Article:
Europe is at a competitive disadvantage because of a reluctance to take risks on offshore oil drilling and tar sands, and a failure to fully explore its shale gas options, EU Energy Commissioner Günther Oettinger says.
Speaking at an energy conference in Brussels on 17 July, Oettinger expanded on his recent call for Europe to add a fourth target – a 20% industrial contribution to GDP – to the EU’s three 2020 climate-related goals.
Asked by EURACTIV how the industrial target could be met, Oettinger replied that the EU faced “three disadvantages” in competing with the United States: a greater dependence on imports of oil and gas, and correspondingly higher energy prices.
“In the US there’s a process to re-industrialise the country first by oil. Whoever rules in Washington, one gallon can’t be more than $4,” he said.
Washington also offers lower initial taxation.
“They accept some risks with offshore drilling for ‘own sources’ in the Gulf of Mexico and they accept [tar] sand oils and others,” the commissioner said. By contrast, “we import oil and have high taxation.”
The result is that Europe’s transport and industrial sectors are disadvantaged, Oettinger said.
Gerben-Jan Gerbrandy, the Liberal vice chair of the European Parliament’s environment committee, described Oettinger’s words as “a very interesting quote from an energy commissioner who also has long-term targets for renewables”.
The EU is pledged to increase the share of renewable sources such as wind and solar in national energy mixes to 20% by 2020, as well as cutting CO2 emissions by 20% on 1990 levels, and making voluntary energy savings of the same amount.
But Europe’s industrial associations and the EU’s energy directorate are increasingly restive about the costs of climate action in a recession.
Offshore oil drilling
Brussels legislation to classify oil from tar sands as highly polluting is currently on hold. In October 2011, Oettinger’s energy directorate in the EU published a limited proposal to improve safety in offshore oil and gas drilling.
MEPs are currently fighting to get this strengthened by including considerations such as:
- Delicate ecosystems and adverse weather conditions in the Arctic;
- Extending the ‘polluter pays’ principle to include financial guarantees from operators covering all liabilities, in the event of accidents;
- Expanding EU oversight of the regulation’s implementation through a reinforced mandate for the European Maritime Safety Organisation (EMSO).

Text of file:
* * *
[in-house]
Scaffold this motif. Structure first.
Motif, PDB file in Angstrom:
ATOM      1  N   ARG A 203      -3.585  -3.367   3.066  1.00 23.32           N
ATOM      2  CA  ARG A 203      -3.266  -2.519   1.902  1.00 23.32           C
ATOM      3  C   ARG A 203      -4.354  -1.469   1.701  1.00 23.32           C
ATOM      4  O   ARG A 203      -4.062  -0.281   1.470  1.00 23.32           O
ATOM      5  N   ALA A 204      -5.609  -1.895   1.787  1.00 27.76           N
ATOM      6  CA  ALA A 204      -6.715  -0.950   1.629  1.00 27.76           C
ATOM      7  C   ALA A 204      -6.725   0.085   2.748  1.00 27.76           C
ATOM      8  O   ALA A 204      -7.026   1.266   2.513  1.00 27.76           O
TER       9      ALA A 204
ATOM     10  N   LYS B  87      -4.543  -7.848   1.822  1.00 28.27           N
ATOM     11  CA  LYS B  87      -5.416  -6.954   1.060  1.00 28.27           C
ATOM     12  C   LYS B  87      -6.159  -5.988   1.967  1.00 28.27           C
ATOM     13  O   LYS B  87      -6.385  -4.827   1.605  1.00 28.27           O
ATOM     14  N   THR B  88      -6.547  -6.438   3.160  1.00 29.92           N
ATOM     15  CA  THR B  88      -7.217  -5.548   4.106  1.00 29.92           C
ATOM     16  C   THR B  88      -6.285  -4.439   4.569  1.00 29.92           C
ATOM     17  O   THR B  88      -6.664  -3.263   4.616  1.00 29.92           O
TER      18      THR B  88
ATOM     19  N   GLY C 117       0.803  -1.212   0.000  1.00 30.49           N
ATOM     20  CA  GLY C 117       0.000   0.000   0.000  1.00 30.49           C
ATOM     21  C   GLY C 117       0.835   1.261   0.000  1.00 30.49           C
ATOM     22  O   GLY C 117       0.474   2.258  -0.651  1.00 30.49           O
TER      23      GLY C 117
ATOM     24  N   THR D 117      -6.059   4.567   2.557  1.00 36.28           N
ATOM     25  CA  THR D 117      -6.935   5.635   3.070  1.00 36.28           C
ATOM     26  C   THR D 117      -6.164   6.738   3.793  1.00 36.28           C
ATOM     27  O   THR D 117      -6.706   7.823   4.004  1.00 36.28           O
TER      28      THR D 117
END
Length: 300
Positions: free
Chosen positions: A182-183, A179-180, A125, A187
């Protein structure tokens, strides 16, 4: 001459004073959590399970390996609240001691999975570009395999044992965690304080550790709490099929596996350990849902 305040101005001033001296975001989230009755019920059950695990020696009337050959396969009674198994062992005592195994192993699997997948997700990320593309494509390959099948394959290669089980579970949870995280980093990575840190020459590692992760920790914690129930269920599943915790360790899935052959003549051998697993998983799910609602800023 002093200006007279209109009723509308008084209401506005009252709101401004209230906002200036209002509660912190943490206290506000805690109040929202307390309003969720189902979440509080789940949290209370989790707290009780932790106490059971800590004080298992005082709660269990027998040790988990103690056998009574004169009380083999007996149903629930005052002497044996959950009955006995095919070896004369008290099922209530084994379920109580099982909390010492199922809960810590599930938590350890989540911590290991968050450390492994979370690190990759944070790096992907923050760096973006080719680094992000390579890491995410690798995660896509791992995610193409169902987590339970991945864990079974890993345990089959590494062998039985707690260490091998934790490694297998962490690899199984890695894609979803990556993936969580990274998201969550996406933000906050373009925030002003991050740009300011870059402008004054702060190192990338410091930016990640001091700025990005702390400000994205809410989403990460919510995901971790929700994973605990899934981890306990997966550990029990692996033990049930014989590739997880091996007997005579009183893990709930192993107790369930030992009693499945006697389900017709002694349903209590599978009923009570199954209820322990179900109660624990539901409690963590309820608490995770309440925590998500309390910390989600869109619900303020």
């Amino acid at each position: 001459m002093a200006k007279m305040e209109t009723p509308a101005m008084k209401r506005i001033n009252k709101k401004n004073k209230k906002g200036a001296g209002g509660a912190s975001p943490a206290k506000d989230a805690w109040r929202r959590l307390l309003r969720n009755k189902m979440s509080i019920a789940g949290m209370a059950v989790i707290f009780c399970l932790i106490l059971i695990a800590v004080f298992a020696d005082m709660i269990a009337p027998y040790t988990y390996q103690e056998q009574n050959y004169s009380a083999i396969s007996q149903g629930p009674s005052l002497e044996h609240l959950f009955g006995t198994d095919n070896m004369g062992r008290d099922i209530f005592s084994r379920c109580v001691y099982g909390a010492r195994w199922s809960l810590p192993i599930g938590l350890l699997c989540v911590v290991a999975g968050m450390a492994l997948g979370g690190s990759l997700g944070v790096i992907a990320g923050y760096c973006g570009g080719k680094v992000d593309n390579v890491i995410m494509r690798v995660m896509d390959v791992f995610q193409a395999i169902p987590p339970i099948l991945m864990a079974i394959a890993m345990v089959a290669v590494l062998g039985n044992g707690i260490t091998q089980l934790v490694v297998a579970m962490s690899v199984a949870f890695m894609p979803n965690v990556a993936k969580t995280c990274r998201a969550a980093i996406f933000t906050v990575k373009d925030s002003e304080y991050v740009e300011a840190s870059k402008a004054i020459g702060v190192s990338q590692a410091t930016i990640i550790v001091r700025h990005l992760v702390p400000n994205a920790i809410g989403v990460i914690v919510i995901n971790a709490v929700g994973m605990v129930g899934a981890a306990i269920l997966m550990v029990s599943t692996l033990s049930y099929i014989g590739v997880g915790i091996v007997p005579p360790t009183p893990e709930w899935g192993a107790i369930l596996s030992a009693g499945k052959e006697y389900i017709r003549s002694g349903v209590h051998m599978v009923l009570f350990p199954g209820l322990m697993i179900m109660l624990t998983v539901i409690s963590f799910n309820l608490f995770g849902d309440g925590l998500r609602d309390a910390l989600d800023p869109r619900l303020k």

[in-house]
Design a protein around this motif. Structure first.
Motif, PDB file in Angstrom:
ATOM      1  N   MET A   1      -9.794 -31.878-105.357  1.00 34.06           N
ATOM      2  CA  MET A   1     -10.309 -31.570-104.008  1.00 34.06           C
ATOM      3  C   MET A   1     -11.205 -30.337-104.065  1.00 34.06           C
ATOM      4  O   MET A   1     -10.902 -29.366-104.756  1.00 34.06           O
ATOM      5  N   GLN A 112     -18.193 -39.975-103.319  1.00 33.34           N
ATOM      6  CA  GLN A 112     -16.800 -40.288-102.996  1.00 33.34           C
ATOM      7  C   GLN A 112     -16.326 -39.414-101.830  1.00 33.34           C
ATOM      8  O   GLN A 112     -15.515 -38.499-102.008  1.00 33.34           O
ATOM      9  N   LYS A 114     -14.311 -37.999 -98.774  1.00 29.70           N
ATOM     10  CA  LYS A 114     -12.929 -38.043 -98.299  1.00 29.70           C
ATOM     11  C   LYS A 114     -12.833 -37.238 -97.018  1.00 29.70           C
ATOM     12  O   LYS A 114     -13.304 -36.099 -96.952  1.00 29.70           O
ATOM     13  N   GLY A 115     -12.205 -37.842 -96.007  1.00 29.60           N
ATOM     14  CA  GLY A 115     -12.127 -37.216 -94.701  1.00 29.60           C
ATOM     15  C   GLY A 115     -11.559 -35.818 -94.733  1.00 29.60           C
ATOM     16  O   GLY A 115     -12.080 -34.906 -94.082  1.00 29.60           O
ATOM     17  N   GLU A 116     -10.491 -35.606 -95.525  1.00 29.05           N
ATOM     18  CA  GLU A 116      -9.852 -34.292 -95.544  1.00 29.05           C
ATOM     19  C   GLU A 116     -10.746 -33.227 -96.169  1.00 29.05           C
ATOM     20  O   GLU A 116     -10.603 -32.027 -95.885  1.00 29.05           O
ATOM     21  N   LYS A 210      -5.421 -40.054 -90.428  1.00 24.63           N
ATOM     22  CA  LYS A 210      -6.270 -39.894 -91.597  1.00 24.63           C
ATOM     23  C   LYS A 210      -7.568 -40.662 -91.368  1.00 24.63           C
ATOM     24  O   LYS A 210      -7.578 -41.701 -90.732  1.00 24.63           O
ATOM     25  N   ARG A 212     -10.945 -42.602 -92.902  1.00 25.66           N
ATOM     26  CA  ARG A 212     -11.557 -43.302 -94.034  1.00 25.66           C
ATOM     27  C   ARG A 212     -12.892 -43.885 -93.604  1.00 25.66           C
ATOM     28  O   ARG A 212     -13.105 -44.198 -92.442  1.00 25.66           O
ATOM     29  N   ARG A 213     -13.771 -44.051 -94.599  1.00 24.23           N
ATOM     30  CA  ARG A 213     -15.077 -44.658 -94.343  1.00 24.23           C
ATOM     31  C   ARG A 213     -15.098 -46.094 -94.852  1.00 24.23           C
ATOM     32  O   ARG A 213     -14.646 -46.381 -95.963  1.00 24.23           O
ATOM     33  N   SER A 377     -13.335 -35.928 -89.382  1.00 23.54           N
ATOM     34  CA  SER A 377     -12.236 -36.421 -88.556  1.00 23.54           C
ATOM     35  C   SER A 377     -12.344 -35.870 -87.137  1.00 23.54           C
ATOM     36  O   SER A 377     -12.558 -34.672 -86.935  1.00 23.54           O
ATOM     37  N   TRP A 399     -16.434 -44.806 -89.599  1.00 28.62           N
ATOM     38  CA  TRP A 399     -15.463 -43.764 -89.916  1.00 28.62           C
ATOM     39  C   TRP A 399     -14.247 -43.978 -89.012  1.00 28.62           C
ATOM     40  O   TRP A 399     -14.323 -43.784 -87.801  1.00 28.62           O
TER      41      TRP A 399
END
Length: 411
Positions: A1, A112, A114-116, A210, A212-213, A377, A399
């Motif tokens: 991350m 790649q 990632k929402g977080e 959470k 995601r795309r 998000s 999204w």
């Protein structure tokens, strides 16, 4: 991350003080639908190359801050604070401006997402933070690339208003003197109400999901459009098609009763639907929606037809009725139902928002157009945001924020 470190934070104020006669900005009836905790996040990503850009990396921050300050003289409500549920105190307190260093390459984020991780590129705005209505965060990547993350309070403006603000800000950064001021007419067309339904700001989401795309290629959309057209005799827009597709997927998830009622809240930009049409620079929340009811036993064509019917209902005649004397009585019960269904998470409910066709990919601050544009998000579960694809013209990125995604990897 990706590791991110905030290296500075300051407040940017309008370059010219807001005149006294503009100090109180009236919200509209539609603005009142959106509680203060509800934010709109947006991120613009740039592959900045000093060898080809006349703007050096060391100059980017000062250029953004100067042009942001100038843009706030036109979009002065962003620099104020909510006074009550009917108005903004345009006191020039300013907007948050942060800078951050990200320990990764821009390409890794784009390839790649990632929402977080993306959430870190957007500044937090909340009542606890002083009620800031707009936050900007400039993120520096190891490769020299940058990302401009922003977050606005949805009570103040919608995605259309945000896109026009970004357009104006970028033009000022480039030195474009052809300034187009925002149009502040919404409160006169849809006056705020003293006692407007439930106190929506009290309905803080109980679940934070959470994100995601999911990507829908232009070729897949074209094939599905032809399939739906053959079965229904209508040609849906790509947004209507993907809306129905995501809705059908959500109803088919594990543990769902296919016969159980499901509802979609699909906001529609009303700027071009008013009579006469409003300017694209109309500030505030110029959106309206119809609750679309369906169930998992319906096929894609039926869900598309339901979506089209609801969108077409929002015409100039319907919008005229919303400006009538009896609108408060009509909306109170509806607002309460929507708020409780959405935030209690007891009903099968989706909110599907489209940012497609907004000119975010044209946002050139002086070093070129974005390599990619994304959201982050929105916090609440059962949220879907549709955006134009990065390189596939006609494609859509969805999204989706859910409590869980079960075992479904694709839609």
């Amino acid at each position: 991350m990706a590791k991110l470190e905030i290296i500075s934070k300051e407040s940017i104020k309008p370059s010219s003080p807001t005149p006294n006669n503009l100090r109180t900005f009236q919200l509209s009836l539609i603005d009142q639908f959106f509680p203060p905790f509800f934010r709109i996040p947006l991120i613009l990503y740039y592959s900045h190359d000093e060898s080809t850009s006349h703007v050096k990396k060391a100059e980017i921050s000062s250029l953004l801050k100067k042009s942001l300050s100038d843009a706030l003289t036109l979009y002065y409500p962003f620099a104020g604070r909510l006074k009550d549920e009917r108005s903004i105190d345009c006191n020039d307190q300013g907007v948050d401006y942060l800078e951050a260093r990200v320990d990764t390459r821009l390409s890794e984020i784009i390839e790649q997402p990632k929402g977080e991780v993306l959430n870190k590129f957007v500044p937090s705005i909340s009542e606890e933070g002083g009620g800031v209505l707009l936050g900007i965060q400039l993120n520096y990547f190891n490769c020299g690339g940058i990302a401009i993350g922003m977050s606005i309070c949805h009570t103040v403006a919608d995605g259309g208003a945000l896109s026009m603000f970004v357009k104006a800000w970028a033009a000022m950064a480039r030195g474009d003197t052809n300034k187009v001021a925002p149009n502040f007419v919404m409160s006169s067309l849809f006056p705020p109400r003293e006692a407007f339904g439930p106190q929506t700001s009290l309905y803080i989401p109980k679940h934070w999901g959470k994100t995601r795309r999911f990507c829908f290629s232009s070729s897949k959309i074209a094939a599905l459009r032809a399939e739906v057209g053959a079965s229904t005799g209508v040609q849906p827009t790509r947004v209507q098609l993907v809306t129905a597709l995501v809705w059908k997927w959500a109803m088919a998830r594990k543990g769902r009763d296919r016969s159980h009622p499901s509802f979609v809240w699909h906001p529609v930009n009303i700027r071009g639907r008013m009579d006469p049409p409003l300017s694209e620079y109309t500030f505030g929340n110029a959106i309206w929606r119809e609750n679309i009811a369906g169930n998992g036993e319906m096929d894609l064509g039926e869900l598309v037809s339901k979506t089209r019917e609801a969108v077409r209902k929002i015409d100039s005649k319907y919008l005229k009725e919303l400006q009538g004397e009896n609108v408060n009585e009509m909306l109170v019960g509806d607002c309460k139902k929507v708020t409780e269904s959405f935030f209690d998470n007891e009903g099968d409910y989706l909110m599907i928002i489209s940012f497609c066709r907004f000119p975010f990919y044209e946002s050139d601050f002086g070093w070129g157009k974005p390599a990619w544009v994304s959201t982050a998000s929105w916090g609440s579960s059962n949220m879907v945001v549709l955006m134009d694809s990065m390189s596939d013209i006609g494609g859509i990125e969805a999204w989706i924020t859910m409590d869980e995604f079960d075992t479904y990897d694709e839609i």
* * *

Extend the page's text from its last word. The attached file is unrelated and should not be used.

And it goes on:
“I think that the Gulf of Mexico oil disaster has shown that we are taking too many risks at the moment,” Gerbrandy told EURACTIV. “It’s a very worrying development when Shell oil company is now planning to start drilling in the Arctic’s extremely vulnerable ecosystem.”
On 15 July, one of Shell’s Arctic ships – the Noble Discoverer – slipped its moorings in windy conditions and drifted to within 91 metres of the Alaskan shore, sparking environmental protests in Britain.
“We should be spending our money on further development of renewable energy instead of looking for the last drops of oil in the world in the most extreme places,” Gerbrandy said.
Shale gas is also a divisive issue in Europe, with states such as Poland and the United Kingdom incorporating it into their energy strategies, while Bulgaria and France have banned the process of hydraulic fracturing, or fracking, over fears of earthquakes, freshwater contamination and other hazards.
But concerns about the warming impact of methane emissions from shale led the International Energy Agency’s chief economist Fatih Birol to tell EURACTIV in May that it was “not the optimum path.”
For his part, Gerbrandy said: “I have the feeling that there are still too many uncertainties about the environmental cost to put our money on shale gas.”
But Oettinger argues that since the US used shale to reduce its dependence on cheap imports from Qatar and Nigeria, North Americans now pay roughly 30% of the European gas price.
“We are not really active in looking at which risks and options we would have with shale gas,” he added.
Underwriting Oettinger’s analysis is a concern that industry’s contribution to European GDP fell from 22% in 2000 to 18% in 2010. “We need more industrial production,” he said.
Because power prices in northern Italy were twice as expensive as in the US, the commissioner proposed “a clear energy price strategy to avoid an ongoing process of deindustrialising Europe”.
This was welcomed by the EU’s energy intensive sector, which has lobbied heavily for more support.
“We cannot deny that the cost of energy is too high in Europe and the tendency is to see it increasing,” David Valenti, a spokesman for the European steel association, Eurofer, told EURACTIV.
“We also have to pay for renewables, and the carbon price that energy producers are passing on in their power prices,” he added. “These are all things that put us at a disadvantage.”